We are going to apply for more funding to expand upon the training we provided to the therapists in this study. We hope to have the resources to train more therapists, so that they can provide better therapy to Two Spirit, trans, and nonbinary clients who are Black, Brown, and People of Color.​​

What Clients Had to Say About Therapy and the Study:​​

Sometimes it was hard to remember that I was even part of a study, which I guess is a good thing. The therapy was awesome, looking back I don't even feel like I'm the same person. I feel like I have grown so much. It feels really cool…It just is really special. (Hispanic/White, nonbinary person)

It was really neat to be able to be paired with a therapist who focused on elements of radical healing and is also a nonbinary person and is a person of color. Before I started the study, I spent a really really long time searching for a therapist. And I went through different phases where I would search and do a bunch of consultations to get a feel for it. And then I would try someone out and just like would not work out… and [my therapist] was amazing and I'm really thankful that through the study I was able to connect with them. It was just really easy to be able to talk about the things that I was going through, within a range of topics. And that's just how like a baseline of understanding, because they have some kind of experience that, like parallels to how I see the world and how I experience things. (Indian American, nonbinary person)

I thought [the study] was great. Honestly, if I were in my own graduate program and I were doing therapy, like this would be something similar to what I would wanna do… a great use of government money just to send me out there and to talk to them and do the thing. And I'm glad that you know there are folks that are specifically trying to–how do you call that? Like a critical need right? Deal with that critical need and try to get the government to apply some grant funds to this critical need. That's really my biggest feelings about the whole study, right? There's admiration, there's pride, there is just actually you know personally having enjoyed the experience with the project. And you know my therapist  was wonderful. And I've never had a therapist quite like them. So it was overall 10 out of 10. Like no points of improvement whatsoever. This honestly–like there's–I don't think that it could have happened 10 years ago but I wish that it did. Right?  (AfroLatine Dominican, nonbinary person)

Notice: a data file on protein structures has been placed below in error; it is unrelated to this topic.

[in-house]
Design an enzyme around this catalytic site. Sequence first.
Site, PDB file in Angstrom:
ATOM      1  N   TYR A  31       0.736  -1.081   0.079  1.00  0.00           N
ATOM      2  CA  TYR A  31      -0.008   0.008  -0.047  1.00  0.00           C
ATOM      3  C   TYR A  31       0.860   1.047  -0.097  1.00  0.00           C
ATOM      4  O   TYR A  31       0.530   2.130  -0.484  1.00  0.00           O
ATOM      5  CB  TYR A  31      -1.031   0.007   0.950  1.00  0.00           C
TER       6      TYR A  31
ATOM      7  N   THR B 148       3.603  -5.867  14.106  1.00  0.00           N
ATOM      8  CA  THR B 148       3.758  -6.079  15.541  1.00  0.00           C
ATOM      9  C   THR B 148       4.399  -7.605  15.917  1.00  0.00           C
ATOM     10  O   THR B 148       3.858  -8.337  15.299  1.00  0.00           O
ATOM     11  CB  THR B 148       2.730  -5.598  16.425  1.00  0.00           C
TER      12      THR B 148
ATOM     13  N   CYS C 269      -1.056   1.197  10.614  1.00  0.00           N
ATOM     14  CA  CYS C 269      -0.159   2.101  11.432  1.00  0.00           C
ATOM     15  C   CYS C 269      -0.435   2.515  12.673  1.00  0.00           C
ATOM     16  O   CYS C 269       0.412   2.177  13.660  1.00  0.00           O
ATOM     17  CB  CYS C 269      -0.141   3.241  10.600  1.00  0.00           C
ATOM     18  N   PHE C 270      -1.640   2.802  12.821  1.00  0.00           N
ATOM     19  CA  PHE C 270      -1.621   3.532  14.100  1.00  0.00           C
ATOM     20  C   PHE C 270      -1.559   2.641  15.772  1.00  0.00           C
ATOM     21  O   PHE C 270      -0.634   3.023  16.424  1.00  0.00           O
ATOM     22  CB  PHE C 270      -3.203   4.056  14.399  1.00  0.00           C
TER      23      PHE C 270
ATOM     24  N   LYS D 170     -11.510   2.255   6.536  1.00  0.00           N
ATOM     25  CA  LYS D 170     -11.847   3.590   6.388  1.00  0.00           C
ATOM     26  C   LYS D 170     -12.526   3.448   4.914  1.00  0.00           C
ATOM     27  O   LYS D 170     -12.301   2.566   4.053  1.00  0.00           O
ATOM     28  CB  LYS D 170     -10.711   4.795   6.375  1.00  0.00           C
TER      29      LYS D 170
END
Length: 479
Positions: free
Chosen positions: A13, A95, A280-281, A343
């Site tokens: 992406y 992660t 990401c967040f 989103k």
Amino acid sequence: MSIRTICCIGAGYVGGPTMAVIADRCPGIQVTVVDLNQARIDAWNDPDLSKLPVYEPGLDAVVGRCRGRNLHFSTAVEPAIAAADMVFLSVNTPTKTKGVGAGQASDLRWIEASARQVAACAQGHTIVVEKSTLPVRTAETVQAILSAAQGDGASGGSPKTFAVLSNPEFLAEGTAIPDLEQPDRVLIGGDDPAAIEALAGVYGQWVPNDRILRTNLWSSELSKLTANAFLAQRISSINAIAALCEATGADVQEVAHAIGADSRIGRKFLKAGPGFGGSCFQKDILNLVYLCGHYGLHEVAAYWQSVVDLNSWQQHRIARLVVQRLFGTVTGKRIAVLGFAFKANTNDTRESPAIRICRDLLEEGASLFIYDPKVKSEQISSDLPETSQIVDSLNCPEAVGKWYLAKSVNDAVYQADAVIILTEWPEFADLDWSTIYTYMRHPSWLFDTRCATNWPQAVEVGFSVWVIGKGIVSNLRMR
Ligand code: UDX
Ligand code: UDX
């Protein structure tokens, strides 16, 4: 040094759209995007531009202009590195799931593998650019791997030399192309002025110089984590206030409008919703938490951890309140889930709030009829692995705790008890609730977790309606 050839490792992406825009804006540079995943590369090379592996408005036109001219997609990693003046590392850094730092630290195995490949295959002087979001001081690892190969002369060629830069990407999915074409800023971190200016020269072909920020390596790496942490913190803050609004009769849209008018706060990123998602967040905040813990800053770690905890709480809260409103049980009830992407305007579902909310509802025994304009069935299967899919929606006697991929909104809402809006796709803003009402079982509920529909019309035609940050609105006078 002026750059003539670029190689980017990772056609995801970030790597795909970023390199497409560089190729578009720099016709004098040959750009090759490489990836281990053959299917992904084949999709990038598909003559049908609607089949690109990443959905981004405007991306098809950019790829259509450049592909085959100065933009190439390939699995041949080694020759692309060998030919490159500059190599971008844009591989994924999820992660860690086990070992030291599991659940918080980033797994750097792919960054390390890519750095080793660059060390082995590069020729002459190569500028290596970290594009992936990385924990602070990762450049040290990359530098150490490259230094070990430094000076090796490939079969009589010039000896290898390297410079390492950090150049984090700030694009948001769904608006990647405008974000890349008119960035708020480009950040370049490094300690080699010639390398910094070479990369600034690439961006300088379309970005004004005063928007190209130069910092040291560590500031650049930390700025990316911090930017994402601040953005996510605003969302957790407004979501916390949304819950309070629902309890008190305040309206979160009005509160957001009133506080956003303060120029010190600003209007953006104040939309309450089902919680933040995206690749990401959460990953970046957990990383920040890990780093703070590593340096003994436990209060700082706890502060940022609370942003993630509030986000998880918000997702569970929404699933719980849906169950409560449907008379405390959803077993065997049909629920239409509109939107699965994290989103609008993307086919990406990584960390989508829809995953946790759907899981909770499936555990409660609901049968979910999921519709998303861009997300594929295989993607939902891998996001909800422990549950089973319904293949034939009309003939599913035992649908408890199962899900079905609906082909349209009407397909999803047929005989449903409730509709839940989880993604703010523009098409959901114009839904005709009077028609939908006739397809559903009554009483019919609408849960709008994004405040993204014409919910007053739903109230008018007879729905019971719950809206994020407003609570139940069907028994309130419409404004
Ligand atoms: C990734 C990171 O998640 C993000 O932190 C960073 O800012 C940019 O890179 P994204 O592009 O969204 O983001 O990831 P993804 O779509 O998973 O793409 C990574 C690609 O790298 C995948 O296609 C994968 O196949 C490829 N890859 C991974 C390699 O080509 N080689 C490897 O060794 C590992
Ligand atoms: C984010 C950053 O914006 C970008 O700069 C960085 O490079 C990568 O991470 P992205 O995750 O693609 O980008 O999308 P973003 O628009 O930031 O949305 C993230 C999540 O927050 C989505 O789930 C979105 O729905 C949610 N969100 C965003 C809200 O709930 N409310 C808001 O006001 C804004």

Any time I meet someone new…it takes a little time for me to get comfortable with that person. But with [therapist] you know it just took a few sessions. So in the first session I got really comfortable with them. I was crying in front of them and I don't cry in front of people unless I really really feel bad. But I think that me opening up on that level, that's a change right there, because it’s a change in comfortability within me. (Black woman of trans experience)

It was great, [therapist’s name] is great. We get along well. They're really helpful. And I feel like I leave the sessions with solutions. Whereas I feel like a lot of my other therapists that I met with I would leave the session feeling better about the situation because like I had talked about it, but if the situation were to arise again, I wasn't necessarily equipped with the tools to handle it any differently. Whereas I felt like with [therapist’s name] I was actually getting tools to handle things differently and like do things differently to like make my life less anxiety inducing. (Black trans man)

bottom of page